Drama and comedy combine for big night out
SUNSHINE Coast director Sam Coward is known for challenging his actors and audiences.
One-half of Noosa Arts Theatre's upcoming double bill, A Steady Rain, features James Patrick Reed and Stephen Moore as two cops with two very different sides to the same story.
When faced with a dilemma on Chicago's tough streets, these lifelong friends are put to the test.
The second half of each exciting evening during a strictly limited season this month is SRT's God of Carnage, directed by Simon Denver and featuring Kate Cullen, Sharon Grimley, Brett Klease and Frank Wilkie.
A comedy of manners without the manners, this hilarious play is about two sets of parents who meet to discuss, in a civilised manner, the matter of one child hurting another in a public park.
As the evening goes on, the parents become increasingly childish, resulting in the night devolving into chaos.
Both plays contain coarse language and adult themes. Book at www.livetheatre.com.au
Questions For George and The Orange Grove
QUESTIONS For George and The Orange Grove are two short plays about some remarkable Sunshine Coast characters.
The plays are by Dr Susan Davis and one of Queensland's early leading playwrights, George Landen Dann.
If you missed it at Noosa Arts Theatre last time, enjoy the return of Landen Dann's evocative language and intriguing characters, including Carrie, inspired by a woman the playwright had met near Coolum.
The plays are at Noosa Arts Theatre on February 17 at 7.30pm. Book at www.livetheatre.com.au or call 5449 9343.
Single Asian Female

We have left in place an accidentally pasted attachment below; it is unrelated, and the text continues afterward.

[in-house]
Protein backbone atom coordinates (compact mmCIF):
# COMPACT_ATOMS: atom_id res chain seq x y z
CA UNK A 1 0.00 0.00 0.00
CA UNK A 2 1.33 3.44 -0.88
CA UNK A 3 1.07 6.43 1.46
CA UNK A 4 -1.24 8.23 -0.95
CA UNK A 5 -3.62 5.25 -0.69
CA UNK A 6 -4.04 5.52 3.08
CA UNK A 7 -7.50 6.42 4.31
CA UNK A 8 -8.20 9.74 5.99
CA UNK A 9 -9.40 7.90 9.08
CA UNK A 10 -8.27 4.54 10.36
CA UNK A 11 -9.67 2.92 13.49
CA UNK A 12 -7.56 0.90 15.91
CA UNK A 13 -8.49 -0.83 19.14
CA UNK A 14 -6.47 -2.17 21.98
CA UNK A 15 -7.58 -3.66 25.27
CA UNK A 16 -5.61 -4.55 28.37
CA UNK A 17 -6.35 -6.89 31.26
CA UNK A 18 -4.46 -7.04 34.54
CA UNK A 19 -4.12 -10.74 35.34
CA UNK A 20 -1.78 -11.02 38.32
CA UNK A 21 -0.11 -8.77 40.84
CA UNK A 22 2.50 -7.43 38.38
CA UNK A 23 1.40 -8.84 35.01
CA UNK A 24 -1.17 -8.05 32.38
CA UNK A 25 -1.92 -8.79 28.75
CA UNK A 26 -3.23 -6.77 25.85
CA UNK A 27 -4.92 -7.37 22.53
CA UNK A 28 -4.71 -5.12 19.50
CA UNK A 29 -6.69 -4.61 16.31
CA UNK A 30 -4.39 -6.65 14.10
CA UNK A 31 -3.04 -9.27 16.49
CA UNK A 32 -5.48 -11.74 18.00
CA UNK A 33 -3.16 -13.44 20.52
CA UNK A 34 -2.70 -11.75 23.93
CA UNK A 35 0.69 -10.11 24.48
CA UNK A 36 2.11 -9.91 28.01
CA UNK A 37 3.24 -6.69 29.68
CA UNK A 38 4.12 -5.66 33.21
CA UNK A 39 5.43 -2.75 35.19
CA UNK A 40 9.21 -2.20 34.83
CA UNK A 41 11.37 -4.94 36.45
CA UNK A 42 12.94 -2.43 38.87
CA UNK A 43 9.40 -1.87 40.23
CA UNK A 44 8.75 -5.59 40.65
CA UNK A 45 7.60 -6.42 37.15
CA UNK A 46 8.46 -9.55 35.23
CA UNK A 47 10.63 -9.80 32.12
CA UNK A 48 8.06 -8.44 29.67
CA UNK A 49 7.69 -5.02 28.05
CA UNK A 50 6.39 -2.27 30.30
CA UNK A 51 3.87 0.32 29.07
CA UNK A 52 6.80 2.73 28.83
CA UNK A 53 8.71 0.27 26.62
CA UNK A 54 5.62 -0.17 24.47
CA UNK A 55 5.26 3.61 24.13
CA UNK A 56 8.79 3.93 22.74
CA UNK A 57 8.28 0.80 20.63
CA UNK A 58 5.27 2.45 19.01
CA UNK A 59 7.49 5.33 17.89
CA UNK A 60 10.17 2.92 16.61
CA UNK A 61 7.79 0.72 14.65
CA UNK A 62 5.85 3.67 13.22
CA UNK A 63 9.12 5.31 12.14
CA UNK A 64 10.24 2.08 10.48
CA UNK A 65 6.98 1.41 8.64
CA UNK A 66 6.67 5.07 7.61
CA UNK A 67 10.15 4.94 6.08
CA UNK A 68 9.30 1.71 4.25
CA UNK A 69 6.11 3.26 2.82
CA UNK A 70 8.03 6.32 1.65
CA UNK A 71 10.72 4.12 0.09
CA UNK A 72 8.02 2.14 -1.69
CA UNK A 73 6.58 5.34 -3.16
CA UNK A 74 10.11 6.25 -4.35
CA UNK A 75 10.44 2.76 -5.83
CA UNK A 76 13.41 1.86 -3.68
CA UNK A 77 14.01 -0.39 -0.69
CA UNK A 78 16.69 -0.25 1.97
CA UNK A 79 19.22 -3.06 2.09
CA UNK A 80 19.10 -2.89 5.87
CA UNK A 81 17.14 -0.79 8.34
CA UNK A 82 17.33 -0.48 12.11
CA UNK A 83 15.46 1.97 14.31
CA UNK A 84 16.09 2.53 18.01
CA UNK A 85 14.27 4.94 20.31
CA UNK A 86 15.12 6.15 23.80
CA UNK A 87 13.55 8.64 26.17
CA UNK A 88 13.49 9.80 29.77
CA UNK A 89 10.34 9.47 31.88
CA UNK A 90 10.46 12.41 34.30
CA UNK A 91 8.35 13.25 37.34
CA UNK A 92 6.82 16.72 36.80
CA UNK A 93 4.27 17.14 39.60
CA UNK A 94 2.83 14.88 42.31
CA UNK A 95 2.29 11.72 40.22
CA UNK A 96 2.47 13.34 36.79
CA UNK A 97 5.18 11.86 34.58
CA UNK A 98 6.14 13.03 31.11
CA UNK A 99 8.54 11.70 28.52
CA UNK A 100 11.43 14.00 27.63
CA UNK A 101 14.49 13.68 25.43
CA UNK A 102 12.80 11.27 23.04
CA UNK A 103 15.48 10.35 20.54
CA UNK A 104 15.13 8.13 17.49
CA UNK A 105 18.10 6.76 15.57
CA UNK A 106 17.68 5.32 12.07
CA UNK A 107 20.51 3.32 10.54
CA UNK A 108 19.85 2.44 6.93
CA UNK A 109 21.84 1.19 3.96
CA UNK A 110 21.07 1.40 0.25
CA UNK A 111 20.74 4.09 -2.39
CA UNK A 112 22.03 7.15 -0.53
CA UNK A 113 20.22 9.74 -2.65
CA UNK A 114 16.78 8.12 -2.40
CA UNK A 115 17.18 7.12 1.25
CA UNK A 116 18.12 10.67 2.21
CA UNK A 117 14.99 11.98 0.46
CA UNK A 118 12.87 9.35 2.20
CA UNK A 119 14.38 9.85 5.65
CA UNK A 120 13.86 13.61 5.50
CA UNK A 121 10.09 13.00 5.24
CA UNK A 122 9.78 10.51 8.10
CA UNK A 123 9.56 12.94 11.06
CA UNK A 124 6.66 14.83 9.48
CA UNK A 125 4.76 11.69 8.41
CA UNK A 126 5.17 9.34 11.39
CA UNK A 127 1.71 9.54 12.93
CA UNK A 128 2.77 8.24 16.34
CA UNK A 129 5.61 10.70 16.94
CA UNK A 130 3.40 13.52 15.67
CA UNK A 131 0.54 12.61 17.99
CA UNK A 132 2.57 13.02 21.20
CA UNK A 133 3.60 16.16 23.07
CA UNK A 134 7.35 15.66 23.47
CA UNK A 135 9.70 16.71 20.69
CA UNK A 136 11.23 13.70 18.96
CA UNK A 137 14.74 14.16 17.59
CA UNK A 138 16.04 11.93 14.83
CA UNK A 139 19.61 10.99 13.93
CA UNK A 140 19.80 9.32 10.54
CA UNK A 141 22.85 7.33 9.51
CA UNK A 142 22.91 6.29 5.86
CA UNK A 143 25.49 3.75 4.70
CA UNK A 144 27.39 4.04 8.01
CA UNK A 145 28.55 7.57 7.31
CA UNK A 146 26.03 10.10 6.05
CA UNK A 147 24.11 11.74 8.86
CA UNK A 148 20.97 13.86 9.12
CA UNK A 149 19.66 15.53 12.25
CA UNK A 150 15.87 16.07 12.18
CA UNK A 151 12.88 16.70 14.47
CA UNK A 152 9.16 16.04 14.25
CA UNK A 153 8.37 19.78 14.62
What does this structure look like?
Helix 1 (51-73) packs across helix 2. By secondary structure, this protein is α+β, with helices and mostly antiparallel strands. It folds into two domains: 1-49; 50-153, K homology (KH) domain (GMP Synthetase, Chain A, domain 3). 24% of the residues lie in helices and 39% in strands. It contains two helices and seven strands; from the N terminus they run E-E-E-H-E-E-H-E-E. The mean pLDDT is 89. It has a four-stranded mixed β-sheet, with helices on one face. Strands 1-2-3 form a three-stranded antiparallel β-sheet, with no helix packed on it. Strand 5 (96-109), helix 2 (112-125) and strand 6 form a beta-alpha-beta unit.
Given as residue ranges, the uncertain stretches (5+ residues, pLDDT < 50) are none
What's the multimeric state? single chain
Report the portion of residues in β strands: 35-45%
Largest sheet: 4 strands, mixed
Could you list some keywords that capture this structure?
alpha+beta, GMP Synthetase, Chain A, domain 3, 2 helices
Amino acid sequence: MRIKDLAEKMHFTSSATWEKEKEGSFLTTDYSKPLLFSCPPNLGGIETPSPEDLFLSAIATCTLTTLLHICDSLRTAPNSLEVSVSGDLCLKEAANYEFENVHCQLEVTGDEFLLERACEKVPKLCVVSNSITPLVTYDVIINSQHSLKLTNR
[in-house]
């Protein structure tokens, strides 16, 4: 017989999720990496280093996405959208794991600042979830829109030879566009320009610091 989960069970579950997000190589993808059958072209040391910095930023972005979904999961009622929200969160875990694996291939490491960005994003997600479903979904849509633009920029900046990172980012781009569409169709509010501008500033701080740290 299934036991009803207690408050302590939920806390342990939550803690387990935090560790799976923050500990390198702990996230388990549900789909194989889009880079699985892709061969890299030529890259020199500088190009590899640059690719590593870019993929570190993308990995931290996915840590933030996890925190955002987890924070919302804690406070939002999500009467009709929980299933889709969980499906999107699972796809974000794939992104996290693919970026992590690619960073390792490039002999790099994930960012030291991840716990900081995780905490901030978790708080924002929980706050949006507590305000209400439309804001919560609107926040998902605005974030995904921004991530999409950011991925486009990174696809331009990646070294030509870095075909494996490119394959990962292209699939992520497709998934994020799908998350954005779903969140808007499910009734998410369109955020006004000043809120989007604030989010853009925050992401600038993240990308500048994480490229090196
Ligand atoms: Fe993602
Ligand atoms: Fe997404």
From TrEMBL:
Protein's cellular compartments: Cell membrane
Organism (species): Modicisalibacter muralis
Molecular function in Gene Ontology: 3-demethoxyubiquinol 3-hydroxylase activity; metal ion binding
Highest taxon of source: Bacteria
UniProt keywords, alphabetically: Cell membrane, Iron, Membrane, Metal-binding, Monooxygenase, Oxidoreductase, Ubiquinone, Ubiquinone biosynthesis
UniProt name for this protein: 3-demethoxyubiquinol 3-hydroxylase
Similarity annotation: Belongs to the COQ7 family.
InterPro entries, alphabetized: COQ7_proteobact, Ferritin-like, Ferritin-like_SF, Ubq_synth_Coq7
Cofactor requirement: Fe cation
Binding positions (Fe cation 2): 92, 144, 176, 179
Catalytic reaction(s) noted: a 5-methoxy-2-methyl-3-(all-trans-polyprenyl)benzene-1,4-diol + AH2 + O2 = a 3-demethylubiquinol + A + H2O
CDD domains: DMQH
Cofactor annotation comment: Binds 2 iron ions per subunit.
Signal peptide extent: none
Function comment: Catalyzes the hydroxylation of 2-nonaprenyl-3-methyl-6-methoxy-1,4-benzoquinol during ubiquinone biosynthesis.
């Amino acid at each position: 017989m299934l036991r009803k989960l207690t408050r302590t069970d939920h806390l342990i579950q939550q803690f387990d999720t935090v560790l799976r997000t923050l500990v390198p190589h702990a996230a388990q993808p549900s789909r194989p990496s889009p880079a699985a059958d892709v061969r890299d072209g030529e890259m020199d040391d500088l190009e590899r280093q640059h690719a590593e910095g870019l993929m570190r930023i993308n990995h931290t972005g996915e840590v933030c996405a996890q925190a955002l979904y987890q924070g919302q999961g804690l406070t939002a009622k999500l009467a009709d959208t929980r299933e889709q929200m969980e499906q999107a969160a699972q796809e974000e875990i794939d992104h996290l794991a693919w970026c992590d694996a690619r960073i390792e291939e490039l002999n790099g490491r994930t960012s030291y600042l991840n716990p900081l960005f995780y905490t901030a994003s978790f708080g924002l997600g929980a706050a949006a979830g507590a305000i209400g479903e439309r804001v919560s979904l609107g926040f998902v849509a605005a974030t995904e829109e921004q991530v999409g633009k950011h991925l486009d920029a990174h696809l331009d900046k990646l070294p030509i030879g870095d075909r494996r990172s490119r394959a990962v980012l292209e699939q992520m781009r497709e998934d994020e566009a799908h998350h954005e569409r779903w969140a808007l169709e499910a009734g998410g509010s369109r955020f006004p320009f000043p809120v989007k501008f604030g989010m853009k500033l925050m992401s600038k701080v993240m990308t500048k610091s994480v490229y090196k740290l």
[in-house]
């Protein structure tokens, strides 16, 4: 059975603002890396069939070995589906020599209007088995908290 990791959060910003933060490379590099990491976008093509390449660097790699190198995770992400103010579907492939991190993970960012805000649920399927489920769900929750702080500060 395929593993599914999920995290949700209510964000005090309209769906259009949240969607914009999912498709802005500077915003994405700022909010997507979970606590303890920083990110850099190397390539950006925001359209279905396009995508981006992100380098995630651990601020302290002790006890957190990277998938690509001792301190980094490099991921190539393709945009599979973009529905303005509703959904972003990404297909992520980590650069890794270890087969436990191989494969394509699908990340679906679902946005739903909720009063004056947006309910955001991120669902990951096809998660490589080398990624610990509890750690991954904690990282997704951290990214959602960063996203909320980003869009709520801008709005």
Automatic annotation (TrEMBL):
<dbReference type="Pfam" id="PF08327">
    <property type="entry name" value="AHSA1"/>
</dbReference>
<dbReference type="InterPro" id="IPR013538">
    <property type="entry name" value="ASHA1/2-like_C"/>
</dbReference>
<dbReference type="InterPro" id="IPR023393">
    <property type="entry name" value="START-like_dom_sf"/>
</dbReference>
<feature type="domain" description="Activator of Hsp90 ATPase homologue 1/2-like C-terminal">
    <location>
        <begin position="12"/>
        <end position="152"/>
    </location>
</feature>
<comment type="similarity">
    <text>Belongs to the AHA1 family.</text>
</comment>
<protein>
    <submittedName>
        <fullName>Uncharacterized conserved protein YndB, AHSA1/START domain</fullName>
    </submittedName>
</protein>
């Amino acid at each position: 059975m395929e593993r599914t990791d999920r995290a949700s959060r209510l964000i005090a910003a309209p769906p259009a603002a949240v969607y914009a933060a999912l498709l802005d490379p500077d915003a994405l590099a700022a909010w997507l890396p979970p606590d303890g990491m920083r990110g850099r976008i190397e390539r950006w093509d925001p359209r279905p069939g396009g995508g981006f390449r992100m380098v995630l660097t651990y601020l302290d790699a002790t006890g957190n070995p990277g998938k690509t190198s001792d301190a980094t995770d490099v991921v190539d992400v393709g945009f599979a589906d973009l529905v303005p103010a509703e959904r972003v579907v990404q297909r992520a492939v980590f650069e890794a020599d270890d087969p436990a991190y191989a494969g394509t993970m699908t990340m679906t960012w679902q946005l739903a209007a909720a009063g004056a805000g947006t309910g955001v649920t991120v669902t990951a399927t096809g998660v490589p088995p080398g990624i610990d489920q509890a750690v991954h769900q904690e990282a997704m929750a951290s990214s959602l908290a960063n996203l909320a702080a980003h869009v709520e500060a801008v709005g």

SINGLE Asian Female is an incisive new comedy skewering race and gender in contemporary Australia from Sunshine Coast award-winning writer Michelle Law.
Step into the after-hours of a suburban Chinese restaurant and meet a family of whip-smart women who are definitely talking about you in their native tongue.
Set on the Sunshine Coast, this hilarious play answers what it means to be an Asian woman living in Australia.
For Pearl, a Chinese migrant operating a restaurant, it means sacrifice and struggling to connect with her very westernised children. For Zoe, the eldest child, it means approaching a crossroads in her life where she's forced to choose between a career and a family.
For Mei, the youngest child, it means being bullied at school and grappling with the desire to assimilate versus cultivating a unique identity.
Two sisters at odds with each other and a mother harboring a secret that threatens to tear her family apart, this is Australian domesticity like you've never seen it before.
The limited season is at the Roundhouse Theatre, Kelvin Grove, from February 11 to March 4.
Book at www.laboite.com.au
Season Launch Soiree
JOIN the dynamic Sunshine Coast theatre community in celebration of the arts from 6.30pm on Saturday, February 18, at The Lind, Nambour.
Hosted by the Sunshine Coast Theatre Alliance, this fun, friendly annual event offers a highly entertaining evening of special announcements, socialising and networking, with each member group invited on stage to launch their season of drama, dance, cabaret, comedy and musical theatre.
Don't miss the first opportunity of the year to meet and greet like-minded local creatives and catch up with old friends.
Dress to impress. Book at www.livetheatre.com.au
A MODERN twist on the ancient Greek play, Lysistrata was originally written by Aristophanes in 411BC, and now the script has been revamped by director Caitie Millroy and Peta Beattie.
Seeking an end to the Peloponnesian Wars that devastated ancient Greece, an Athenian woman, Lysistrata, makes a startling proposal to her countrywomen, demanding they deny their husbands connubial bliss until the men cease their battle.
Things don't go exactly as planned.
With an abundance of innuendo and double-entendre, the show is sure to leave the audience giggling long after the curtain closes.
The play is at The Lind, Nambour, from February 25-March 4.
Book at www.livetheatre.com.au or call 1300 732 764.